However, there is also another Christian principle at work here-submission as service. Again, Barclay, in quoting Cranfield explained this principle as, “a voluntary subordination of oneself to others, putting the interest and welfare of others above one’s own, preferring to give rather than to get, to serve rather than to be served.” (p. 244) “Christian freedom is always conditioned by Christian responsibility. Christian freedom means being free to do, not as we like, but as we ought. Christian freedom is the freedom to serve.” (Barclay, p. 246)
I Peter 2:18-23 Conscience Toward God.
As noted earlier, Libertarianism is simply not a viable biblical position, either personally or politically. The fact that it is logically impossible is a whole other discussion itself. It really is a stupid indefencible position to hold on all grounds. The Christian alone is free-free from the bondage and slavery of sin for sure. But we are also free from the conformity of the world, for we have a revelation of true wisdom and knowledge from the creator and sustainer of the universe, and our redeemer. But this is the thing-we are bondservants of God. As Dylan put it-you gotta serve somebody, and the Christian serves God. Therefore, our freedom is not a freedom for vice. There is no such thing as bare freedom-this is the belief of the fool, who denies God’s existence.
The Christian is free to do God’s will. This is the Christian’s only freedom. To that end, part of God’s will is to respect and honour those in authority over us. This even included the first century slave. How much more the 21st century worker. The Christian submits ultimately for conscience sake toward God, even to the point of suffering wrong-this is commendable before God. To this we have been called. We live in a fallen world-leadership at all levels will fail. The Christian worker ultimately commits themselves to “Him who judges righteously.” Sometimes correction is deserved. However, Christ has laid down a pattern for us in all circumstances, since He alone was without sin and yet suffered from those who were not. But, as noted earlier, Paul opened the door for freedom if one could do so lawfully (cf. I Cor. 7:21).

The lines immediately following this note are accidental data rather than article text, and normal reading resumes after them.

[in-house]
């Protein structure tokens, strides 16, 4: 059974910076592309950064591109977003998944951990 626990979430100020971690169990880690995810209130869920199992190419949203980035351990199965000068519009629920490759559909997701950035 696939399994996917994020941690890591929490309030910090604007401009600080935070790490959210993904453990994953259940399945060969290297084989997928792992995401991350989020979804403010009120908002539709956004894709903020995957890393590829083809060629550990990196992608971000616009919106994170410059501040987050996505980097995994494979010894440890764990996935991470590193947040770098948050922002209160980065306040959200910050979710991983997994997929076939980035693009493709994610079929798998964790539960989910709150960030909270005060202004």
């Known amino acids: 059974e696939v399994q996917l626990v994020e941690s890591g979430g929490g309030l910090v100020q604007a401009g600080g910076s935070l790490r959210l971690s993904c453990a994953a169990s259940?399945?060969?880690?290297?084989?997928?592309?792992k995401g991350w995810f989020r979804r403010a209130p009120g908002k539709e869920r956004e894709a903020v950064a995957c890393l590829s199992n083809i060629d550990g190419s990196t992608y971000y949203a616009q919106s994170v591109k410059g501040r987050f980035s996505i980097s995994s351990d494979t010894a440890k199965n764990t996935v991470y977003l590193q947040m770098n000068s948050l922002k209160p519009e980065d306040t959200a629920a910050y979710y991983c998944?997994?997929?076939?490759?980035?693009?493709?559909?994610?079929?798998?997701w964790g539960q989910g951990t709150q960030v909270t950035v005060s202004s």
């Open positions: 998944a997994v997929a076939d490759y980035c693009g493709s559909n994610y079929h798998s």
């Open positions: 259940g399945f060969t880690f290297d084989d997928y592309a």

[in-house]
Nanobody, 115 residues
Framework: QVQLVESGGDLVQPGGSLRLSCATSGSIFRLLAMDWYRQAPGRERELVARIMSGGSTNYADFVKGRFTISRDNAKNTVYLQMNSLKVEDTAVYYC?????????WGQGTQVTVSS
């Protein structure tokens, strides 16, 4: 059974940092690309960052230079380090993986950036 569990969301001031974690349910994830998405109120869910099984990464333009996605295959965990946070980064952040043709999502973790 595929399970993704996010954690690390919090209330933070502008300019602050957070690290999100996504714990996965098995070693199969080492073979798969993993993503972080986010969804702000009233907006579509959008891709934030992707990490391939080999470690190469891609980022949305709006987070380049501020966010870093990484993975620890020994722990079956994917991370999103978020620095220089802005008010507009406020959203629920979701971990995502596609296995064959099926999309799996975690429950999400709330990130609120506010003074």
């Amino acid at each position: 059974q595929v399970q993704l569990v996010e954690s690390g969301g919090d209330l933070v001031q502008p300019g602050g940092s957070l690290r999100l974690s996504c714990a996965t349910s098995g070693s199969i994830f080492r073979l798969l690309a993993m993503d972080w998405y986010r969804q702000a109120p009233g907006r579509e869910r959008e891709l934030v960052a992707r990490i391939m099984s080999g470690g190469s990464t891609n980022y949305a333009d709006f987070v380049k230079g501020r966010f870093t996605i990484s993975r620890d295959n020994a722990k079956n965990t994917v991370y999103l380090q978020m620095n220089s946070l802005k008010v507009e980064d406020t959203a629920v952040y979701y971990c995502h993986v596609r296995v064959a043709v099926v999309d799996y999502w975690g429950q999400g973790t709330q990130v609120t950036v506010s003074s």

I Peter 2:24-25 Live For Righteousness.
Peter has just made the point that Christ was without sin (v. 22 Is. 53:9). This is one sign that Jesus fulfilled this part of prophecy (cf. 1:10-11). We had no choice but to sin. Jesus also had a choice-He chose, Himself, to bear our sins. In His death we died to sins, and are able to “live for righteousness.” (v. 24) This is healing-by His stripes we have been healed of our bondage to sin and death (Is. 53:5-6). “Christ was offered once to bear the sins of many.” (Heb. 9:28) Like sheep we were going astray-missing the mark, and a blessed eternal destiny. Christ is our ultimate shepherd and overseer-that is, pastor and bishop of our souls. All pastors and bishops are but under-shepherds (cf. Ezek. 34:23).
I Peter 3:1-6 The Winsomeness Of Godly Character.
“Wives, likewise,” refers back to the same principles applied to the other relationships covered. Submission as a citizen to the authorities that be, and of a servant to master or worker to employer. This submission is done out of conscience toward God (2:19), but also with the promise of good (2:14). Furthermore, if we suffer wrongfully we nevertheless have the example of Christ, and our good can “put to silence the ignorance of foolish men.” (2:15) However, with wives there is the added motivation here of winsomeness, but a universal principle nonetheless.
Note well, the guide for husbands in their behavior is the word. “Wives, likewise, be submissive to your own husbands, that even if some do not obey the word, they, without a word, may be won by the conduct of their wives.” (v. 1) So, husbands should follow the word, but some do not. This could mean those who do not believe, but it could mean those who believe but are still falling short of the word in some area. In this case, is it more important to win an argument or to win the person?
The fear Peter refers to is that fear of God or reverence whereby all Christians live out of conscience toward God. Such fear shows itself in chaste conduct, and is it’s true accompaniment. Sometimes actions do speak loader than words. In any case, one’s conduct can close the door when it is not in harmony with the word. This is the goal, lest we forget. Wives here, like all Christians, should be less concerned with winning an argument, and be primarily motivated for the other person to follow the word. It should be the chaste conduct and fear of God that the husband sees first and foremost.
It is not as though fine clothes, jewelry, or hair styling of any kind is wrong. Peter’s point is that godly women have a beauty that is not merely in outward adornment (I Pet. 3:3). After all, these things are only worn-a godly character is lived. A godly woman has “chaste conduct accompanied by fear” (v. 2), which can be observed. It is sadly the case that those with outward physical beauty are often the farthest away from a beauty of character. What really matters is the condition of the heart. As always, the bible here means the persons core-what makes a person tick, so to speak. Outward beauty is corruptible, inner beauty is not. It is “a gentle and quiet spirit, which is very precious in the sight of God.” (v.4)